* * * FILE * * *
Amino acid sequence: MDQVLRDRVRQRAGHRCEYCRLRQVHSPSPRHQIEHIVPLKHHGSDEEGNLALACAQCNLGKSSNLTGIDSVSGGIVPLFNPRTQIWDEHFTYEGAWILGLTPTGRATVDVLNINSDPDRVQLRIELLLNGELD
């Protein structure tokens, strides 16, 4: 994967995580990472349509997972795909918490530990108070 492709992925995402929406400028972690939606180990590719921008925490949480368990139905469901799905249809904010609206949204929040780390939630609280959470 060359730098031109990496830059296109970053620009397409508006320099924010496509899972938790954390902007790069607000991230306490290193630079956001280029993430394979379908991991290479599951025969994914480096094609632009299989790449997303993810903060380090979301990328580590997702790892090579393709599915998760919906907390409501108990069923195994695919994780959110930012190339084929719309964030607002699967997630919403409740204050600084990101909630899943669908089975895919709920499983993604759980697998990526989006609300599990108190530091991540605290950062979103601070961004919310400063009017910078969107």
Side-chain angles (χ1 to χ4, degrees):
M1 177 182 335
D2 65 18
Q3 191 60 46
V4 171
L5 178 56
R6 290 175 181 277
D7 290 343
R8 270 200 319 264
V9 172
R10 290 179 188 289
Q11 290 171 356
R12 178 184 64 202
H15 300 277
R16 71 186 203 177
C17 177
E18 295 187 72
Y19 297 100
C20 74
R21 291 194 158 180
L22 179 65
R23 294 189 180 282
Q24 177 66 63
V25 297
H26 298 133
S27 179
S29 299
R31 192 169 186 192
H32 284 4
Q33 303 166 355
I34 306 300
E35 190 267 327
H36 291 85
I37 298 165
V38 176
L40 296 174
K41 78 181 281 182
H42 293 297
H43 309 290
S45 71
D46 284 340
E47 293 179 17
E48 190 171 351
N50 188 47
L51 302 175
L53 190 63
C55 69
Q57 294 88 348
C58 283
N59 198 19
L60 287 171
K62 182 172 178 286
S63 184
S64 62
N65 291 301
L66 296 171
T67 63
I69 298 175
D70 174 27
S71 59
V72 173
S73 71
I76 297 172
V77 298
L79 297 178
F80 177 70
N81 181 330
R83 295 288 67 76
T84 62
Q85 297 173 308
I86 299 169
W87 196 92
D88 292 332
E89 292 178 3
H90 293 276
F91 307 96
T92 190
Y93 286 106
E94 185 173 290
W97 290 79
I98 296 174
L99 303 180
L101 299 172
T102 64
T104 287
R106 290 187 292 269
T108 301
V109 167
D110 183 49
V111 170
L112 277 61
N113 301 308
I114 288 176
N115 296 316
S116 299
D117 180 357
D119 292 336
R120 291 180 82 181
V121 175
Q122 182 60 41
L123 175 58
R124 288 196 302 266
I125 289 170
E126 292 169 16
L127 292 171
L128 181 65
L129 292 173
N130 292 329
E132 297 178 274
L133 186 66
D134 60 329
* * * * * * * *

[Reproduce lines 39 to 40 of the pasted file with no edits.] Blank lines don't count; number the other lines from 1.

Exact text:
K41 78 181 281 182
H42 293 297